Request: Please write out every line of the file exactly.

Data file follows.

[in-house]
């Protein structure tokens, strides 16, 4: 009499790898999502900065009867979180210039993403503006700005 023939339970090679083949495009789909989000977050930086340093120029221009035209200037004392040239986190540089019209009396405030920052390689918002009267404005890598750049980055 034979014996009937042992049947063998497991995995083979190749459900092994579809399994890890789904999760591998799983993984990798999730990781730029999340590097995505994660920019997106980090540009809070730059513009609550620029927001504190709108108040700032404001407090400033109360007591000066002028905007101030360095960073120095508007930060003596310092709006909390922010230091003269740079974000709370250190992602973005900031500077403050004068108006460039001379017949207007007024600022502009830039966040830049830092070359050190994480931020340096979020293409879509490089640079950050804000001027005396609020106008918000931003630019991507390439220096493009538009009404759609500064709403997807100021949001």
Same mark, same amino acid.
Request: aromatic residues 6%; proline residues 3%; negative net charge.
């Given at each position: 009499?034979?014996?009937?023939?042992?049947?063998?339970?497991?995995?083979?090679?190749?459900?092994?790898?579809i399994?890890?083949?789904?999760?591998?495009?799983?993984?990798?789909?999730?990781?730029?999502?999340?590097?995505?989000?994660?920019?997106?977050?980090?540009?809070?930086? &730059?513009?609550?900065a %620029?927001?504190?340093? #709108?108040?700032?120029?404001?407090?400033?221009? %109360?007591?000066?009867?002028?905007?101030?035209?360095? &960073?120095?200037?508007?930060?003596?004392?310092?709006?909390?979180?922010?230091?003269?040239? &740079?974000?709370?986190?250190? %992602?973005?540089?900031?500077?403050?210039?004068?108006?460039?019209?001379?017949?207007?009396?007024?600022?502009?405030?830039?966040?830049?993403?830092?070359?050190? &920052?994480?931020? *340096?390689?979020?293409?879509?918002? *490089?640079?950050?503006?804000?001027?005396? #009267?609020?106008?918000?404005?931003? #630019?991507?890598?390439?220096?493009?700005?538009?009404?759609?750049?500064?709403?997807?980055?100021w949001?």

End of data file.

[in-house]
């Protein structure tokens, strides 16, 4: 009499790898999502900065009867979180210039993403503006700005 023939339970090679083949495009789909989000977050930086340093120029221009035209200037004392040239986190540089019209009396405030920052390689918002009267404005890598750049980055 034979014996009937042992049947063998497991995995083979190749459900092994579809399994890890789904999760591998799983993984990798999730990781730029999340590097995505994660920019997106980090540009809070730059513009609550620029927001504190709108108040700032404001407090400033109360007591000066002028905007101030360095960073120095508007930060003596310092709006909390922010230091003269740079974000709370250190992602973005900031500077403050004068108006460039001379017949207007007024600022502009830039966040830049830092070359050190994480931020340096979020293409879509490089640079950050804000001027005396609020106008918000931003630019991507390439220096493009538009009404759609500064709403997807100021949001």
Same mark, same amino acid.
Request: aromatic residues 6%; proline residues 3%; negative net charge.
């Given at each position: 009499?034979?014996?009937?023939?042992?049947?063998?339970?497991?995995?083979?090679?190749?459900?092994?790898?579809i399994?890890?083949?789904?999760?591998?495009?799983?993984?990798?789909?999730?990781?730029?999502?999340?590097?995505?989000?994660?920019?997106?977050?980090?540009?809070?930086? &730059?513009?609550?900065a %620029?927001?504190?340093? #709108?108040?700032?120029?404001?407090?400033?221009? %109360?007591?000066?009867?002028?905007?101030?035209?360095? &960073?120095?200037?508007?930060?003596?004392?310092?709006?909390?979180?922010?230091?003269?040239? &740079?974000?709370?986190?250190? %992602?973005?540089?900031?500077?403050?210039?004068?108006?460039?019209?001379?017949?207007?009396?007024?600022?502009?405030?830039?966040?830049?993403?830092?070359?050190? &920052?994480?931020? *340096?390689?979020?293409?879509?918002? *490089?640079?950050?503006?804000?001027?005396? #009267?609020?106008?918000?404005?931003? #630019?991507?890598?390439?220096?493009?700005?538009?009404?759609?750049?500064?709403?997807?980055?100021w949001?």